“Eruptions: Conversations with Eddie Van Halen” by Brad Tolinski and Chris Gill (Hachette)

“Eruptions: Conversations with Eddie Van Halen” by Brad Tolinski and Chris Gill (Hachette); “Unchained: The Eddie Van Halen Story” by Paul Brannigan (Permuted Press): A year after his death, we get two profound and insightful views of what made Eddie Van Halen such a legendary figure. Guitar experts Tolinski and Gill chat not only with him, but also with his fellow human beings for a three-dimensional portrait, while Brannigan’s British perspective offers different perspectives on Van Halen’s play with stature.

“The Beatles: Get Back” by The Beatles (Callaway Arts & Entertainment): A companion to the Peter Jackson documentary series and the recent release of the album “Let It Be” offers a treasure trove of photos of Ethan Russell and transcriptions of key moments from the film, a worthwhile memento of an important project.

“Renegades Born in the USA: Dreams, Myths Music” by Barack Obama and Bruce Springsteen (Crown Books): The podcast is more fun listening to than reading the transcriptions, but the wisdom and wit, not a bit of music, of those conversations still translate nicely onto the page.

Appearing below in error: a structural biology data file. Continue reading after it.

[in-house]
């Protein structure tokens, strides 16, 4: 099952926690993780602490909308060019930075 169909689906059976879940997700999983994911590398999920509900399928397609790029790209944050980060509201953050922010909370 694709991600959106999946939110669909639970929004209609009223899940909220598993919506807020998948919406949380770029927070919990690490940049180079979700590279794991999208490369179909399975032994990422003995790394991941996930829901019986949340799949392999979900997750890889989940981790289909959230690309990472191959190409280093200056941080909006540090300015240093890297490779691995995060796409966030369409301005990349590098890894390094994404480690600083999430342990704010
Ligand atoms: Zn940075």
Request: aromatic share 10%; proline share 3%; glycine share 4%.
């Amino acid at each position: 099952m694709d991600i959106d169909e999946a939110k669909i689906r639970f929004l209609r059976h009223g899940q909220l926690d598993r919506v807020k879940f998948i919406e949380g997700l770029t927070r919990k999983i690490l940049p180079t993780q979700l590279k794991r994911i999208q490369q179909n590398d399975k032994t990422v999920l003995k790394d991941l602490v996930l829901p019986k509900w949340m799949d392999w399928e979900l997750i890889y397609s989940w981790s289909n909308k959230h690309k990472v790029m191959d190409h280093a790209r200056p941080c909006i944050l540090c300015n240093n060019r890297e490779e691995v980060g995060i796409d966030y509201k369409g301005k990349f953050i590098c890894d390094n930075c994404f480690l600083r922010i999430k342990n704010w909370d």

“Set the Night On Fire: Living, Dying, and Playing Guitar with the Doors” by Robbie Krieger with Jeff Alulis (Little, Brown)

“Set the Night On Fire: Living, Dying, and Playing Guitar with the Doors” by Robbie Krieger with Jeff Alulis (Little, Brown): The youngest member of the Doors is doing something his bandmates didn’t do in their previous memoirs – it sounds like being in the band was fun. Krieger doesn’t leave out the dark side, but he balances it with the joy of the Doors’ accomplishments and some insightful glimpses into the musical and personal inner workings of the band.

“The first 21: How I became Nikki Sixx” by Nikki Sixx (Hachette): Prior to “The Dirt” and “The Heroin Diaries,” Frank Feranna Jr. was a misplaced youth seeking identity and community – which he eventually found as rock ‘n’ roller and co-founder of Motley Crue. This is the genesis of Sixx, filled with adventures and mishaps as well as a surprising amount of warmth that brings flesh and heart into the villain image he cultivates.